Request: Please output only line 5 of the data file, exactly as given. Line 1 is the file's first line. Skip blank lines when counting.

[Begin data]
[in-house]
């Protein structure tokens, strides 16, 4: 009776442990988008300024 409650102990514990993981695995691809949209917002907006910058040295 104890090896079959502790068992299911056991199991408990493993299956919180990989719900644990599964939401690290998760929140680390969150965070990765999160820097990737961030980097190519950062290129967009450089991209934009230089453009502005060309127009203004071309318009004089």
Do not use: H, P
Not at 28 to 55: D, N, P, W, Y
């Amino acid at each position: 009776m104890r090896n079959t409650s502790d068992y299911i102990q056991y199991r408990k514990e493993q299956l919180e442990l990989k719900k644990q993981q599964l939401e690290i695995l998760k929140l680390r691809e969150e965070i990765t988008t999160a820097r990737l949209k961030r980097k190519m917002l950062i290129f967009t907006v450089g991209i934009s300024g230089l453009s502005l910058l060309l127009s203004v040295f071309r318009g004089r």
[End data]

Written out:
């Amino acid at each position: 009776m104890r090896n079959t409650s502790d068992y299911i102990q056991y199991r408990k514990e493993q299956l919180e442990l990989k719900k644990q993981q599964l939401e690290i695995l998760k929140l680390r691809e969150e965070i990765t988008t999160a820097r990737l949209k961030r980097k190519m917002l950062i290129f967009t907006v450089g991209i934009s300024g230089l453009s502005l910058l060309l127009s203004v040295f071309r318009g004089r």